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Note: All travel is subject to frequently changing governmental restrictions—please check government advisories before scheduling trips.

From stately country homes set in vast woodlands to haunted ruins perched on cliffs, these are just several locations across the UK where The Crown was filmed. If you’re a fan of the television show or simply want to feel like royalty after months of binge-watching Netflix – here are some film locations to scout out.

1. Eltham Palace, Greenwich, London

A stunning Art Deco mansion in South London, Eltham Palace dates back to Medieval times though most of the structure was added in the 1930s. It is interestingly known for its gold bathroom with a statue of the goddess Psyche looking over a gold-plated bathtub and set against a gold mosaic tile wall. But it’s other parts of the palace that make appearances in The Crown, including the glass-domed entrance where the Queen meets fashion designer Norman Hartnell and the first floor which was the Queen’s quarters on the Royal Yacht Britannia.

2. Ardverikie Estate, Inverness-shire, Scotland

Just a two hour’s drive from the real Balmoral Castle, more famously known as Queen Elizabeth II’s summer home, the conical roofed 19th-century Ardverikie Estate, set amidst thick forests and the sandy Loch Laggan of the Scottish Highlands, stood in for Balmoral Castle in The Crown. Scenes in the woodlands were filmed here, including the picnic scene with the Queen Mother. Visitors can stay overnight in one of the six luxury cottages on the estate and sign up for wildlife activities and nature walks.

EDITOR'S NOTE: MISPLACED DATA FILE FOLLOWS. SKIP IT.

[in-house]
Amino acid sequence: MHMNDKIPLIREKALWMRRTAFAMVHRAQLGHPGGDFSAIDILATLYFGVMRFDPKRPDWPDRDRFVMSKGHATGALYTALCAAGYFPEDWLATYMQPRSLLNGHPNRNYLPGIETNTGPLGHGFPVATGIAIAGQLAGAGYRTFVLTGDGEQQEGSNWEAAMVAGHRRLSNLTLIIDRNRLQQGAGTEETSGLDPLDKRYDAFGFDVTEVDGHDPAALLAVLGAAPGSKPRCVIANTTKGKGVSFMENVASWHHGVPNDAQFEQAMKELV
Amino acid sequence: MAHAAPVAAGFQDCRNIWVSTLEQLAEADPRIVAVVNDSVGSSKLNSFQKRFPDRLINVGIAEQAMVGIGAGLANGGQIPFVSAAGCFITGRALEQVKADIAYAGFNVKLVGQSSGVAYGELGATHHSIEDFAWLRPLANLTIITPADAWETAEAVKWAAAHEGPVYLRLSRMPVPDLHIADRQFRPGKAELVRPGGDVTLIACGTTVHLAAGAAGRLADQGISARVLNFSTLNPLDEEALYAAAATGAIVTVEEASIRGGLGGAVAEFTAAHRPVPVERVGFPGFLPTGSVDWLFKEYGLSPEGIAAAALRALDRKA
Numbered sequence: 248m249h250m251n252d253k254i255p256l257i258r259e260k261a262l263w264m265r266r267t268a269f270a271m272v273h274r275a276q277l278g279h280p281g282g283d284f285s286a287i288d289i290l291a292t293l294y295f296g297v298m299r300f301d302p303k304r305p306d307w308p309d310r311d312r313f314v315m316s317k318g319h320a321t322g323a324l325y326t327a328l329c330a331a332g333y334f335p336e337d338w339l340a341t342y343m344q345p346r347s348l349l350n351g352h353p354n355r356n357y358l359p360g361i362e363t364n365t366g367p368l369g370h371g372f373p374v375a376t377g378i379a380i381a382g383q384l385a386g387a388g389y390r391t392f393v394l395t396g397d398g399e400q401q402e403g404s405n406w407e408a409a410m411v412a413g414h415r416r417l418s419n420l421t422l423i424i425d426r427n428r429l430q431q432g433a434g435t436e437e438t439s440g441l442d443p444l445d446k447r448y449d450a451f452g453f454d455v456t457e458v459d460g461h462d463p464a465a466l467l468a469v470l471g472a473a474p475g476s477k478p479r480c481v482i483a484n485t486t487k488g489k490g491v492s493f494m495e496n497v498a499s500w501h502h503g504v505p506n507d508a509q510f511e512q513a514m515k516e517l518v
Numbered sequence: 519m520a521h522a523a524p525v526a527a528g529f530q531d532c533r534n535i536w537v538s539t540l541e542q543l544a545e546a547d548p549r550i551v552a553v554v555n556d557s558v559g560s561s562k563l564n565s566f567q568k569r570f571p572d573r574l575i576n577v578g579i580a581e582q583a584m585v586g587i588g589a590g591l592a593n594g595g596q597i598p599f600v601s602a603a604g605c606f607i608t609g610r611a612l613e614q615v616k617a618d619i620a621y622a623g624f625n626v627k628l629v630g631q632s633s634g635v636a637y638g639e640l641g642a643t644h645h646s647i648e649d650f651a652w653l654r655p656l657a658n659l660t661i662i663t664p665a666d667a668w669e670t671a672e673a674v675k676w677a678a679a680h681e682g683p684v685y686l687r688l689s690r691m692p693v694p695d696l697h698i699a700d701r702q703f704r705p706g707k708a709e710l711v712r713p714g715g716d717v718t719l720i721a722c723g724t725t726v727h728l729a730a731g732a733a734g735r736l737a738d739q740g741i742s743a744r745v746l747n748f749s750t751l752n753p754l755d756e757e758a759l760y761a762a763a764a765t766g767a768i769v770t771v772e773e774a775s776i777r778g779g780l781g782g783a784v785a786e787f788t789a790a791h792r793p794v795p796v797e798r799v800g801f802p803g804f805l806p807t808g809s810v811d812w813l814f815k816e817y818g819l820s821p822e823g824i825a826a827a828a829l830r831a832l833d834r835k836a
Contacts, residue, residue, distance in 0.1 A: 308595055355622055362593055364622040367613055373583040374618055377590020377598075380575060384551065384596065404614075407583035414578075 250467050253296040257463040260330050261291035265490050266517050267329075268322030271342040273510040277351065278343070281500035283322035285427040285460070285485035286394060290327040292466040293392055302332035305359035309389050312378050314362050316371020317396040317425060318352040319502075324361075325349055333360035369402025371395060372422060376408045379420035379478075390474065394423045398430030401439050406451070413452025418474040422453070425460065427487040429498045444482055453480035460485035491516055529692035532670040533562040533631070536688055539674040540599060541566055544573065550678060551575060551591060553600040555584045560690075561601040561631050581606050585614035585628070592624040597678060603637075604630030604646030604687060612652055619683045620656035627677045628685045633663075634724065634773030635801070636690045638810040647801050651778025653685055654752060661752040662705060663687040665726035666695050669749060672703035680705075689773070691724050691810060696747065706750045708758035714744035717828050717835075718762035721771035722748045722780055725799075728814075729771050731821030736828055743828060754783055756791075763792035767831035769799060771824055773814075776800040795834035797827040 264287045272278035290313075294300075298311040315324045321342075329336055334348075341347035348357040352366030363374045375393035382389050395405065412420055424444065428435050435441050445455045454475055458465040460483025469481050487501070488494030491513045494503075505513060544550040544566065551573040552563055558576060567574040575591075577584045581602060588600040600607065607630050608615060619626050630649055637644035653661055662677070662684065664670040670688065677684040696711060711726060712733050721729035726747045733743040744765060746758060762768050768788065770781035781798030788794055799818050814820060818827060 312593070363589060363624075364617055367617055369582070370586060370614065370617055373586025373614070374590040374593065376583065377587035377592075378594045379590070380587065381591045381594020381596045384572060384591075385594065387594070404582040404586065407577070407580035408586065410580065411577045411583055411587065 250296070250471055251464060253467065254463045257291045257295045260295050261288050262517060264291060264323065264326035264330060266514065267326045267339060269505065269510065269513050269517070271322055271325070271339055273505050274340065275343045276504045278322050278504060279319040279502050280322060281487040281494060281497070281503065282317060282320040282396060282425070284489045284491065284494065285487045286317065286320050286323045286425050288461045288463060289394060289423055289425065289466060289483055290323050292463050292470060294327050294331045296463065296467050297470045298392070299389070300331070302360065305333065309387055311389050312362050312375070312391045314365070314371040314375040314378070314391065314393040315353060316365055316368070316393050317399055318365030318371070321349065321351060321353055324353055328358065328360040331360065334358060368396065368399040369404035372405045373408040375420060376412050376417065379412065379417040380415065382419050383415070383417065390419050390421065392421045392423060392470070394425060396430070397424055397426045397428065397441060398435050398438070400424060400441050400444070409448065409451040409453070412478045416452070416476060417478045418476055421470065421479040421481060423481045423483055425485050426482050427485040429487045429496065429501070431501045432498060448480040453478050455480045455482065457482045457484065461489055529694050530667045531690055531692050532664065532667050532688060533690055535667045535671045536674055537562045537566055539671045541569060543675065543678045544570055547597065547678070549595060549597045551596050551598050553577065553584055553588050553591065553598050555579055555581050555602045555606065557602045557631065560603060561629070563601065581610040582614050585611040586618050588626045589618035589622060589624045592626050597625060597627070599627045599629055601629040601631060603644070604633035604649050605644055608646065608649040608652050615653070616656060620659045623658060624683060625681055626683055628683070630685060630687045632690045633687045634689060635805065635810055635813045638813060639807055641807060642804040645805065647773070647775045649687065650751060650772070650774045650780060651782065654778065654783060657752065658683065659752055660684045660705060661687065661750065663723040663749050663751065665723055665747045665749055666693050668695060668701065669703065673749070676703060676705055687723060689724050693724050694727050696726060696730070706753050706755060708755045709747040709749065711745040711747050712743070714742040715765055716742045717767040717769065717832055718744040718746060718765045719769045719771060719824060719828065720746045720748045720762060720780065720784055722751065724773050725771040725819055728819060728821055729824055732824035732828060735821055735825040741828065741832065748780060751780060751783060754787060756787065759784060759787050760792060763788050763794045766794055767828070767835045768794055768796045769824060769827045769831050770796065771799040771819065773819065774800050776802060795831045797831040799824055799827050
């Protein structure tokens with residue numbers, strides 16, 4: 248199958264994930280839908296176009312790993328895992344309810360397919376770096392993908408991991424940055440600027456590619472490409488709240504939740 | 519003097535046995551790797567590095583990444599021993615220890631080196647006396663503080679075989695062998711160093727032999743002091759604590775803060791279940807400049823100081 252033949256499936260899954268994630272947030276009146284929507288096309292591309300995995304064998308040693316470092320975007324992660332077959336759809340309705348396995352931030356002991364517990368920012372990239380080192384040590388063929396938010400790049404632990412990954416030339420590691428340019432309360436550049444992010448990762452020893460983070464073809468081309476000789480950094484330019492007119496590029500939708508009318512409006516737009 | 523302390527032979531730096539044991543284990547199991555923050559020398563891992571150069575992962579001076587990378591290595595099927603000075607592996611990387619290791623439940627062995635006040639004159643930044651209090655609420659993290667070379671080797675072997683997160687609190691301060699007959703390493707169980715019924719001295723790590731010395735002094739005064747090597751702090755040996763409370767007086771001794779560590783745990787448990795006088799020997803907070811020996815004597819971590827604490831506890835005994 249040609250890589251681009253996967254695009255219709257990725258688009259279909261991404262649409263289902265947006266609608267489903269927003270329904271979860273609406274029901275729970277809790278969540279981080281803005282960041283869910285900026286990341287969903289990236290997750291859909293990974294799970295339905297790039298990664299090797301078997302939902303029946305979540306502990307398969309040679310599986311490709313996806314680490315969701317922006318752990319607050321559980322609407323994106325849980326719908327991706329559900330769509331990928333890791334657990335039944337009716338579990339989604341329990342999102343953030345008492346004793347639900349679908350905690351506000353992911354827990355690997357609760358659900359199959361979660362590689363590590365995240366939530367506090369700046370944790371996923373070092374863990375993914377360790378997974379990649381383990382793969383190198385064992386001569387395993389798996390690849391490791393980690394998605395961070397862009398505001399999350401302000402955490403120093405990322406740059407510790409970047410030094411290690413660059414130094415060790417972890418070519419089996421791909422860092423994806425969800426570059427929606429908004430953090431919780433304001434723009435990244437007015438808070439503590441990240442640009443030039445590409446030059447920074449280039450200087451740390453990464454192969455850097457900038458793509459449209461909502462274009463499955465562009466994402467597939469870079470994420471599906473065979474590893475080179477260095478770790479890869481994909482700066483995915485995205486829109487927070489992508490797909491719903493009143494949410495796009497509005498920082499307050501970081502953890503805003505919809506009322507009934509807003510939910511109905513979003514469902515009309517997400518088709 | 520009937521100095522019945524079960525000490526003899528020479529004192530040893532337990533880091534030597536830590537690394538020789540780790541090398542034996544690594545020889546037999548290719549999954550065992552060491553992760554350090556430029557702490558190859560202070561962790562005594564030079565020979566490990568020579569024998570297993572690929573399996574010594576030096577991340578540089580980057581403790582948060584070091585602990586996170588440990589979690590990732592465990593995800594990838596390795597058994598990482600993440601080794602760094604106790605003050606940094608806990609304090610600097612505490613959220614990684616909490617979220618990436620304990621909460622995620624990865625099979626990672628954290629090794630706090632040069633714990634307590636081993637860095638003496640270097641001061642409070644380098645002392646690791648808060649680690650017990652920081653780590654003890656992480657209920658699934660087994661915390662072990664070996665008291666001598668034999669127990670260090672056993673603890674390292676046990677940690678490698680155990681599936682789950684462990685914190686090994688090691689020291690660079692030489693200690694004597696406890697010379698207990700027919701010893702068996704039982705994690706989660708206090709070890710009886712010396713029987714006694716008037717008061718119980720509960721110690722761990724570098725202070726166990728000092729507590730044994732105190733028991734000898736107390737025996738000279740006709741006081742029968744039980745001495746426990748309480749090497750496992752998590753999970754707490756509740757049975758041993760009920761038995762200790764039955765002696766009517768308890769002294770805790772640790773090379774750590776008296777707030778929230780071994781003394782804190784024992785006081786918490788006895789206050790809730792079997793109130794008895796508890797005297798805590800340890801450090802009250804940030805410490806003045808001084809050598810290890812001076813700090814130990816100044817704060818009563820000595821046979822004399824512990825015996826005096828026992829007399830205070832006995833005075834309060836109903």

3. Wilton House, Salisbury

Buckingham Palace features predominantly in The Crown, however, it was unavailable as a filming location, hence it was recreated in several homes across the country. A 16th-century Tudor estate in Salisbury, Wilton House appears in every season of the television show, notably its opulent red velvet-clad Double Cube Room with its impressive art collection of works by Rembrandt and Anthony van Dyck’s paintings of the family of Charles I. The house has been with the same family for over 450 years, since Henry VIII granted the land to Sir William Herbert in 1544. Note that Wilton House only re-opens to the public in Easter 2021.

4. Waddesdon Manor, Aylesbury, Buckinghamshire

Another stand-in for Buckingham Palace, this wonderful country house with its manicured gardens and flower beds also provided the backdrop for Downton Abbey and other period dramas. The late-19th-century Neo-Renaissance manor was built for Baron Ferdinand de Rothschild which he appropriately used as a weekend residence to entertain – and impress – friends. Fun fact: the Rothschild family own several vineyards in Bordeaux and over 10,000 bottles of wine are stored in the manor’s vaults.

5. Caernarfon Castle, Gwynedd, Wales

Unlike other sites in The Crown that used alternative locations to film, Caernoforn Castle, which appears in the show, is the actual location where Charles was crowned Prince of Wales in 1969. The Medieval castle and its surrounds were made to look like the late ’60s and the ceremony resembled the original one to a tee. The castle has an almost millennium-old history and has withstood numerous wars and rebellions. Today, it stands as a bastion of peace on the mouth of the Afon Seiont, fronted by colourful sailboats.